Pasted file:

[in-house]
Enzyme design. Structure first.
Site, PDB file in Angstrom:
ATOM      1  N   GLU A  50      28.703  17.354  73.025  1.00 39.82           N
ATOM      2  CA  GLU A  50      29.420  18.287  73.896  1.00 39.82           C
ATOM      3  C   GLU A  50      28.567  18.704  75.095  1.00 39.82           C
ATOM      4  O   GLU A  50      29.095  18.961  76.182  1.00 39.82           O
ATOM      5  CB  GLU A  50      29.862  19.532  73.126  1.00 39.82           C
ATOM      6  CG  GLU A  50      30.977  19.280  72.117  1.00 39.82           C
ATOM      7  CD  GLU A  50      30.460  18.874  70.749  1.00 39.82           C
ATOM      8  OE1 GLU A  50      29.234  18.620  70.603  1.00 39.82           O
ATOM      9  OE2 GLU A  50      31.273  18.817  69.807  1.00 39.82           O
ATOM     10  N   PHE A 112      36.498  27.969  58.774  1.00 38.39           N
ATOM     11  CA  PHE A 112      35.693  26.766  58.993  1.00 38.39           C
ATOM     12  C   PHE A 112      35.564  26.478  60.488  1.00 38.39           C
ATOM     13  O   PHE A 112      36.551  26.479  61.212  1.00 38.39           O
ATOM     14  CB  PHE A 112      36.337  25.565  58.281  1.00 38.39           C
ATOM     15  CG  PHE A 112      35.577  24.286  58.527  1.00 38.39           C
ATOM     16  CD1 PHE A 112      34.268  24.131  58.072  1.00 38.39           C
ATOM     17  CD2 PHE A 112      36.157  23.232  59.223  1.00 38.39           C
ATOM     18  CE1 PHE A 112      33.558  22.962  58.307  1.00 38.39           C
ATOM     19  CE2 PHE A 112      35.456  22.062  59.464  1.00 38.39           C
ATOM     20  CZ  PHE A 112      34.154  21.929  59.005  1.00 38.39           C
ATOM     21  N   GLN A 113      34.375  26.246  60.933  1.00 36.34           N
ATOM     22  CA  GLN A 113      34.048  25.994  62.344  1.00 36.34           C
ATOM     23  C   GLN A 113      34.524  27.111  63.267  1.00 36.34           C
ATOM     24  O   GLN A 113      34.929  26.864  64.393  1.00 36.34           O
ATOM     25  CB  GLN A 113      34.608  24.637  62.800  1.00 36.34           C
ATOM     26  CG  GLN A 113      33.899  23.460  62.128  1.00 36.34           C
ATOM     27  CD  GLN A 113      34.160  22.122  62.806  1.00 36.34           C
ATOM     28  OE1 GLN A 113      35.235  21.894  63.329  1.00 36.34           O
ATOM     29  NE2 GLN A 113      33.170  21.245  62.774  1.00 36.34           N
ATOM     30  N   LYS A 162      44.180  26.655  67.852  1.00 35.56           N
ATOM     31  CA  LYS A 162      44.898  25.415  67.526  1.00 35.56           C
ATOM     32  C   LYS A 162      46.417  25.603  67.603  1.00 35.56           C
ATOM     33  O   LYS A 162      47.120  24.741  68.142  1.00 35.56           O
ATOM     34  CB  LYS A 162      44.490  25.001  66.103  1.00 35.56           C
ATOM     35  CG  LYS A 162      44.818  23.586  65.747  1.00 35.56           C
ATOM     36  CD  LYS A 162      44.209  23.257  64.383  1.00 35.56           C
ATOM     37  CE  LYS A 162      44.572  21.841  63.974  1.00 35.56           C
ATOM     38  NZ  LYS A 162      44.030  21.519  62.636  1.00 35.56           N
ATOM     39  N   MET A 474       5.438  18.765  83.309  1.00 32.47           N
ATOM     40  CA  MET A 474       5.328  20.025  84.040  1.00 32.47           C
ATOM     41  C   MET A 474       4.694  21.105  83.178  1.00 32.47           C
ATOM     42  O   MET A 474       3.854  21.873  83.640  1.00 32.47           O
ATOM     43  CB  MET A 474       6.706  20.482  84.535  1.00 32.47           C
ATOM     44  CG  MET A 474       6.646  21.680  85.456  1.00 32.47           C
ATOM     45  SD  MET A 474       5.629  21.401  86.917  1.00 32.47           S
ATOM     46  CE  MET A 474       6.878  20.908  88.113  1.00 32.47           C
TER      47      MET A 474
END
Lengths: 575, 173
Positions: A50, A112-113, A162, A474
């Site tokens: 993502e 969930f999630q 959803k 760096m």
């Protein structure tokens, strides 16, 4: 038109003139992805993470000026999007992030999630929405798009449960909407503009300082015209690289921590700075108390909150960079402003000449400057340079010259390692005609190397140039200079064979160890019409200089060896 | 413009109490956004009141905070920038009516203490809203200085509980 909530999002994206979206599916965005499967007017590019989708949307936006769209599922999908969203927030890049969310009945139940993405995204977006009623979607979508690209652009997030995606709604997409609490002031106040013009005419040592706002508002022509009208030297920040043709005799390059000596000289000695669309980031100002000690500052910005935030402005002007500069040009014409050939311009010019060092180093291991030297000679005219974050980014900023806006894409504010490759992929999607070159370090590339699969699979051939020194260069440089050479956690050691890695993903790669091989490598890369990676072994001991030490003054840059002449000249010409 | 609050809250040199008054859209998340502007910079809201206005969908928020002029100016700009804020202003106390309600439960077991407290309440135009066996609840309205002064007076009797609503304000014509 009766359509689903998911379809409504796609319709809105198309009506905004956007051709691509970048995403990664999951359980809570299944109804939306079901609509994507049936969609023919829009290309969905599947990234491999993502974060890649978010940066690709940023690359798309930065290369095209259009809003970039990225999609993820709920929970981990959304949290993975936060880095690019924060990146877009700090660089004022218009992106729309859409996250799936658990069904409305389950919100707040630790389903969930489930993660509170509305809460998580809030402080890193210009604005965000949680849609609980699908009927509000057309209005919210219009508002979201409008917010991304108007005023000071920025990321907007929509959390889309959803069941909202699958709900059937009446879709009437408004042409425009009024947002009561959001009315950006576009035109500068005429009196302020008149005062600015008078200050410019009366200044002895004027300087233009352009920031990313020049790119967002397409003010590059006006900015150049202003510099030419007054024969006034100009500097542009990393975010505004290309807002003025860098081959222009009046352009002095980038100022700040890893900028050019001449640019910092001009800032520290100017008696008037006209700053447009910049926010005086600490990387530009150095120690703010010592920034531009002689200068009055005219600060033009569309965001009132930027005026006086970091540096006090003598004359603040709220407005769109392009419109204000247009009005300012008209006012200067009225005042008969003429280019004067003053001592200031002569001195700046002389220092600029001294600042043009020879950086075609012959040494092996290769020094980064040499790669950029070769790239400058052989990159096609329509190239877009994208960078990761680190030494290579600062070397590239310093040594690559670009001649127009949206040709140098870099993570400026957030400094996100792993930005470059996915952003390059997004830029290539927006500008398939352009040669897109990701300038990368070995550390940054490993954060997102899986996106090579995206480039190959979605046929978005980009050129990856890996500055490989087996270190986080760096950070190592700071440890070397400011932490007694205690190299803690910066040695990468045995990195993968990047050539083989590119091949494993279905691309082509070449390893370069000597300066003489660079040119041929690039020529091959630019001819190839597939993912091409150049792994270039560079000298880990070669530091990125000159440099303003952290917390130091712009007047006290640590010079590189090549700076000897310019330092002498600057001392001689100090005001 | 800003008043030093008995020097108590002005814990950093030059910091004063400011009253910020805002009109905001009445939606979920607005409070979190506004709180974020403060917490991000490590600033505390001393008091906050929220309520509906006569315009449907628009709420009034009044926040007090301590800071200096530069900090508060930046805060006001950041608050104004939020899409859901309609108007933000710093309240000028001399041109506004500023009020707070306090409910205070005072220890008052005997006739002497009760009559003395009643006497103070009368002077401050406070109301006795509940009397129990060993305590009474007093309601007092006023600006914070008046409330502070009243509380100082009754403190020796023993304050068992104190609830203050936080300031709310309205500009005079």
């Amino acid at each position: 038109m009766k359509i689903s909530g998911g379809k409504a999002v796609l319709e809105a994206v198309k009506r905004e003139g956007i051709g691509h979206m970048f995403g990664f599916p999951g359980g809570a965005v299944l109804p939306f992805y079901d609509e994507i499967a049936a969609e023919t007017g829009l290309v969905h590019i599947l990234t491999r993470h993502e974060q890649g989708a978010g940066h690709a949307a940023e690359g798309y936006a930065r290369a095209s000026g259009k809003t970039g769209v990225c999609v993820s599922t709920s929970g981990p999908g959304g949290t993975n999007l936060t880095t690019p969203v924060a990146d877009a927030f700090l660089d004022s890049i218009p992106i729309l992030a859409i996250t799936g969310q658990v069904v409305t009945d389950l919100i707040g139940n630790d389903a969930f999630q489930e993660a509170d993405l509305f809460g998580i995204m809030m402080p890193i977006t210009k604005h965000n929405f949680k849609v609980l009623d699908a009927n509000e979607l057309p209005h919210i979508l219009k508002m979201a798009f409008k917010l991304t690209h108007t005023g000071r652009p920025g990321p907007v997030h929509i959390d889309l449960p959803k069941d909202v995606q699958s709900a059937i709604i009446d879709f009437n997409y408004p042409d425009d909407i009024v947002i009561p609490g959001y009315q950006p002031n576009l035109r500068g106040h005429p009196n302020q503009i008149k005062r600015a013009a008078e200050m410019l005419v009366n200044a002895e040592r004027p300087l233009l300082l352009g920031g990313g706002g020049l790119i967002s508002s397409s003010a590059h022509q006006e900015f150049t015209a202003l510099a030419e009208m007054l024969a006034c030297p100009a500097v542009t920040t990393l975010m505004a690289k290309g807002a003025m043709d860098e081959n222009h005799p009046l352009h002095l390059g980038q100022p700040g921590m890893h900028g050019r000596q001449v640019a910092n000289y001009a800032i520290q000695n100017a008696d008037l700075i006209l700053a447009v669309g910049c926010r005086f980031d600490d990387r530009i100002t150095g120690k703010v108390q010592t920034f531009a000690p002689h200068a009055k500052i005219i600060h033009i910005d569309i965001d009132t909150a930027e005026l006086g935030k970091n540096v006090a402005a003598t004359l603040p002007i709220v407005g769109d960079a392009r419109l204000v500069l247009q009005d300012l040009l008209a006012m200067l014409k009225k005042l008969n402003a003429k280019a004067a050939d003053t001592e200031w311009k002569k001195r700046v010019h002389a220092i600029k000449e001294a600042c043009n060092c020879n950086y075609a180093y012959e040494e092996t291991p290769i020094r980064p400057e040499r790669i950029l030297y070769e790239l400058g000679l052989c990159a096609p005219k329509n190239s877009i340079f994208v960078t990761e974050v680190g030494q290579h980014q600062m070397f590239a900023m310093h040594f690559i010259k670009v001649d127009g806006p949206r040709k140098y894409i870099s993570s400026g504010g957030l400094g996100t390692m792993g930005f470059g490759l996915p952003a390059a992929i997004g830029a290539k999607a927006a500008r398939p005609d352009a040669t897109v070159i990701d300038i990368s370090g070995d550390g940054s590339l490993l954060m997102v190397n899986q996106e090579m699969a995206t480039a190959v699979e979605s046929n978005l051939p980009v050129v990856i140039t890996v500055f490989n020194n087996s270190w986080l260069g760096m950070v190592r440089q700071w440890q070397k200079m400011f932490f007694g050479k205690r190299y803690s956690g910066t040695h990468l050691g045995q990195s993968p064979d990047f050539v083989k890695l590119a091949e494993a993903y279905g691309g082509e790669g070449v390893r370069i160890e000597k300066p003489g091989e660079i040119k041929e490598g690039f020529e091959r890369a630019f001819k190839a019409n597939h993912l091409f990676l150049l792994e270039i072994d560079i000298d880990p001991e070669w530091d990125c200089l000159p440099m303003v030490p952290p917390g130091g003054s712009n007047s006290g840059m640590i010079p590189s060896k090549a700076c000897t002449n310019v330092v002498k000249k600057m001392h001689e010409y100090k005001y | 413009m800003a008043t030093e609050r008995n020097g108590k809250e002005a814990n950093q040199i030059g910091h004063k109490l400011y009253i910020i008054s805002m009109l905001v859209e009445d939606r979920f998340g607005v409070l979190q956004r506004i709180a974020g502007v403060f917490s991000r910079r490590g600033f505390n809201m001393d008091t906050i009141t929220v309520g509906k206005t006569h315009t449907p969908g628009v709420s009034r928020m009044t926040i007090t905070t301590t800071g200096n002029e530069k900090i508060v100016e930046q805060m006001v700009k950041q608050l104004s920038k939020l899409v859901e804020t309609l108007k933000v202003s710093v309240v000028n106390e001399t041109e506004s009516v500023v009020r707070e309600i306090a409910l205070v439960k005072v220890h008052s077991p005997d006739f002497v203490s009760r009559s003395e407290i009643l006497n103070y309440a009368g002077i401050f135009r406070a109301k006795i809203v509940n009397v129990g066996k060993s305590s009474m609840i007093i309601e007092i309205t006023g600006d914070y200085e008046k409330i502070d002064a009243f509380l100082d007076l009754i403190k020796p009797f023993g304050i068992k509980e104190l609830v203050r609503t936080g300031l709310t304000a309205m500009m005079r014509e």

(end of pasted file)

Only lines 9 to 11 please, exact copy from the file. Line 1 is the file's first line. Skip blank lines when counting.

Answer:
ATOM      6  CG  GLU A  50      30.977  19.280  72.117  1.00 39.82           C
ATOM      7  CD  GLU A  50      30.460  18.874  70.749  1.00 39.82           C
ATOM      8  OE1 GLU A  50      29.234  18.620  70.603  1.00 39.82           O